#sciencesunday – Precision medicine and the future of cancer treatment

I am writing this from up in the air. I am, with my parents, on my way to Sioux Falls, SD to visit Avera Precision Oncology.

I have been somewhat interested in precision oncology since my Stage lll diagnosis back in 2014. I had read about testing different chemo combinations on biopsy samples in a Petri dish. Although Petri dish results are not always the most reliable, it made sense to me, to figure out what chemos worked best for a person’s individual cancer instead of just shooting in the dark.

My interested continued when I read on a message board about a tumor mutation that made a patient more resistant to Herceptin, which was the miracle targeted therapy I was on. I printed out a copy of the article and brought it to my oncologist, who basically told me these mutations existed and they were a concern but they didn’t have the medical technology to eliminate those mutations yet. Basically, all we could do was treat me with standard of care and hope for the best.

After my metastatic diagnosis, I had genomic testing done on the brain tumors that were surgically removed. The results came back showing six mutations, not including Her2, but including the one I was originally worried about in 2014. I was glad to have the information but wasn’t given much guidance on what to do with it.

Over the past 18 months, I have been standing back and absorbing all the information I could get about tumor mutations. Last fall, Beth Caldwell brought to my attention a precision oncology clinic led by Dr Leyland-Jones. This clinic uses combination therapy to target multiple mutations at the same time and uses drugs off label. Basically, with my multiple mutations, if we just address one, the other ones will find a way to grow. So we need to find a way to target all the mutations.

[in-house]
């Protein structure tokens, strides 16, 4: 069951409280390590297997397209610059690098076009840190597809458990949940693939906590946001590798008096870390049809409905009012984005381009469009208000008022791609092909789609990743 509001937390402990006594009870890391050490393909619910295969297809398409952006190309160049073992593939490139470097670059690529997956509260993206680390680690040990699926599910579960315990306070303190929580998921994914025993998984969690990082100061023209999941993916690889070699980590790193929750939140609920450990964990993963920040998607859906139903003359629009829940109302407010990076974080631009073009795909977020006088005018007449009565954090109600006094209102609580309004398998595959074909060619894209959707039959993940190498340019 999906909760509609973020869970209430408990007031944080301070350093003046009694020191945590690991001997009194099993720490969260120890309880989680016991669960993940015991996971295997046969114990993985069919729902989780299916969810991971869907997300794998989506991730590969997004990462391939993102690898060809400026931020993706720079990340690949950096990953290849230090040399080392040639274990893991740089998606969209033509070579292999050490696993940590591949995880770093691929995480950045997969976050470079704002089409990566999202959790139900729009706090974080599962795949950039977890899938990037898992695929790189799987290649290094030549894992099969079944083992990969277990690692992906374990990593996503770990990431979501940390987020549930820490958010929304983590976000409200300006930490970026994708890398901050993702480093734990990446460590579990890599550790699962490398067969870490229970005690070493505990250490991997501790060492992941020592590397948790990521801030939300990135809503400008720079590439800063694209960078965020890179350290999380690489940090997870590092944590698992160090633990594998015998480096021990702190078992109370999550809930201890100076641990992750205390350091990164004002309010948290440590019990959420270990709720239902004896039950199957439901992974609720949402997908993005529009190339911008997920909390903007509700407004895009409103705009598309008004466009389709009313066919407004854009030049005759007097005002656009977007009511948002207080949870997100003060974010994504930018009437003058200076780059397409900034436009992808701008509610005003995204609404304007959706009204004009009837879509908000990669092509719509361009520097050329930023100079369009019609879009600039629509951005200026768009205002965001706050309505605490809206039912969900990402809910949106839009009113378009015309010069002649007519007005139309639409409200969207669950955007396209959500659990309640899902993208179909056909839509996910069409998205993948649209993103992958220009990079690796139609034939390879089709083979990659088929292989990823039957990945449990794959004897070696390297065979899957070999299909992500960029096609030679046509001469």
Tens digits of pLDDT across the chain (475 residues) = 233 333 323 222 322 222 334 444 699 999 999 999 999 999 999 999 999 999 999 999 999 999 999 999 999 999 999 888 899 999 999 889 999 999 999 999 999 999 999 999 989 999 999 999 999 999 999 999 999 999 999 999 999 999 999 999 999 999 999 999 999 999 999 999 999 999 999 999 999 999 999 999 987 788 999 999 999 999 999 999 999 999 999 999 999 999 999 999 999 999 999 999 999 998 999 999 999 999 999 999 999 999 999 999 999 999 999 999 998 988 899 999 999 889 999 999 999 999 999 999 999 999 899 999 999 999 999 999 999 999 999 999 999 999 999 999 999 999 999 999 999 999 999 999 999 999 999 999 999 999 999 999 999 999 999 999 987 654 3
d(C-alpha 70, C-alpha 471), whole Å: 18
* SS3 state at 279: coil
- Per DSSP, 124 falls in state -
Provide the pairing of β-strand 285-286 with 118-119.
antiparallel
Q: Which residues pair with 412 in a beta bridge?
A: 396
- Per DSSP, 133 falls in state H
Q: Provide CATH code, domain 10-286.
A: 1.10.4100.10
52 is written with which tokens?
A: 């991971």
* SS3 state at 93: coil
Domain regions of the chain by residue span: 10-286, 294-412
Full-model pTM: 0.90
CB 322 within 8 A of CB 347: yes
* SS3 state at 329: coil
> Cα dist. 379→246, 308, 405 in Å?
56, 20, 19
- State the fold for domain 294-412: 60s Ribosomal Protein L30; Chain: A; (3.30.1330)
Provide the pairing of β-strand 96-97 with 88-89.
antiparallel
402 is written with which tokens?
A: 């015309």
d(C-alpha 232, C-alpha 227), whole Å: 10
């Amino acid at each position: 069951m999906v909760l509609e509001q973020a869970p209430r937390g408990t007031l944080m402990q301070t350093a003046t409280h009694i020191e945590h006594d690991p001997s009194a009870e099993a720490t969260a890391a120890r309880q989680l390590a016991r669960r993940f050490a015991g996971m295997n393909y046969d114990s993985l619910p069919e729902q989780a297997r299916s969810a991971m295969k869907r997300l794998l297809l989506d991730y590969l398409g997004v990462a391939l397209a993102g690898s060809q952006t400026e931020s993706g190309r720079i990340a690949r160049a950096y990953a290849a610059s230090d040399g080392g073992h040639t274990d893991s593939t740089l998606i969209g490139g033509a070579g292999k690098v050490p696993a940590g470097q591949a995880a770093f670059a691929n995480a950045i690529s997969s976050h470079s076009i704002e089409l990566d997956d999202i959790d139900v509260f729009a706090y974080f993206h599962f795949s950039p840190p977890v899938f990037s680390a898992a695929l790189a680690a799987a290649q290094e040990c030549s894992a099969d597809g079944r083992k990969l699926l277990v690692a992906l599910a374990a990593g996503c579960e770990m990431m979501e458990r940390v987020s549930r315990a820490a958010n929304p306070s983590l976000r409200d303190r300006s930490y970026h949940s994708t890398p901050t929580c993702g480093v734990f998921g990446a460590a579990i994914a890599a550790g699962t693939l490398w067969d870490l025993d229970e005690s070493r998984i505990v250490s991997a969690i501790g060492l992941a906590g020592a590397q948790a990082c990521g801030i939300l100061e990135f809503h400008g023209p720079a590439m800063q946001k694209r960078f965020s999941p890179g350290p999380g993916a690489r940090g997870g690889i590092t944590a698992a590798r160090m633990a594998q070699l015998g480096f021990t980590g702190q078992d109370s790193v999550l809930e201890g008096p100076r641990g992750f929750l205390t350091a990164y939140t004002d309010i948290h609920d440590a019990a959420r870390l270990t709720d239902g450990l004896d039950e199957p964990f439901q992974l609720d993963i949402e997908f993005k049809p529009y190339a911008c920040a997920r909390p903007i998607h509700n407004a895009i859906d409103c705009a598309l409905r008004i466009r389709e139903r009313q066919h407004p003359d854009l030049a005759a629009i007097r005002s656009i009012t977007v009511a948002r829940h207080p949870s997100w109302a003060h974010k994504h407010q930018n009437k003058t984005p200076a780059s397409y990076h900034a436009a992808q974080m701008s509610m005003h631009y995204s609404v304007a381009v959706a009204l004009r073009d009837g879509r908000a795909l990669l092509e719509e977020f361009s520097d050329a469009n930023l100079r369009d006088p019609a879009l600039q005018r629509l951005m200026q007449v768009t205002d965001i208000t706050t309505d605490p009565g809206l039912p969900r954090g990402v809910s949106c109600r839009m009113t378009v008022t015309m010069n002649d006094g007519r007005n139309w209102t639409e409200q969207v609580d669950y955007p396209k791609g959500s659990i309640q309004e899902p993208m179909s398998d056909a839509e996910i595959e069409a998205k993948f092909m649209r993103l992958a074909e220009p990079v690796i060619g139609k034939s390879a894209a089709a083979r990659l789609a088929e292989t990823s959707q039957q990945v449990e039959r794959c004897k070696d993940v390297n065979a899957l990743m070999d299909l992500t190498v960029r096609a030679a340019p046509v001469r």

I have Her2 positive cancer, which is very aggressive, yet has a lot of treatment options, including targeted therapies in the place of harsh chemo. I have standard invasive ducal carcinoma. But I’m not responding super well to the targeted therapies, most likely because of these mutations. I had three different targeted therapies for early-stage cancer and still progressed. Then I got nine months out of a fourth targeted therapy, but even adding the Evil Xeloda chemo to it didn’t make the drugs last me longer. I had mild progression. We switched to two targeted therapies along with an infusion chemo to tide me over until I get drug recommendations from Avera. They will probably take a blood biopsy to see if any mutations disappeared or new ones appeared. Then, we will probably need to fight to get the drugs approved as they are often off-label.

I believe we are in a critical time for cancer care and that precision medicine is the future of oncology. I’ve talked to some who have gotten to long-term No Evidence of Active Disease of the Avera protocol. Their overall response rate is pretty great considering that many of their patients are heavily pretreated. I’m not saying this will cure me, at least not for some years. Hell, it might not even work at all. But I do believe this is my best chance to turn my cancer into a chronic, manageable disease.

#sciencesunday – Precision medicine and the future of cancer treatment

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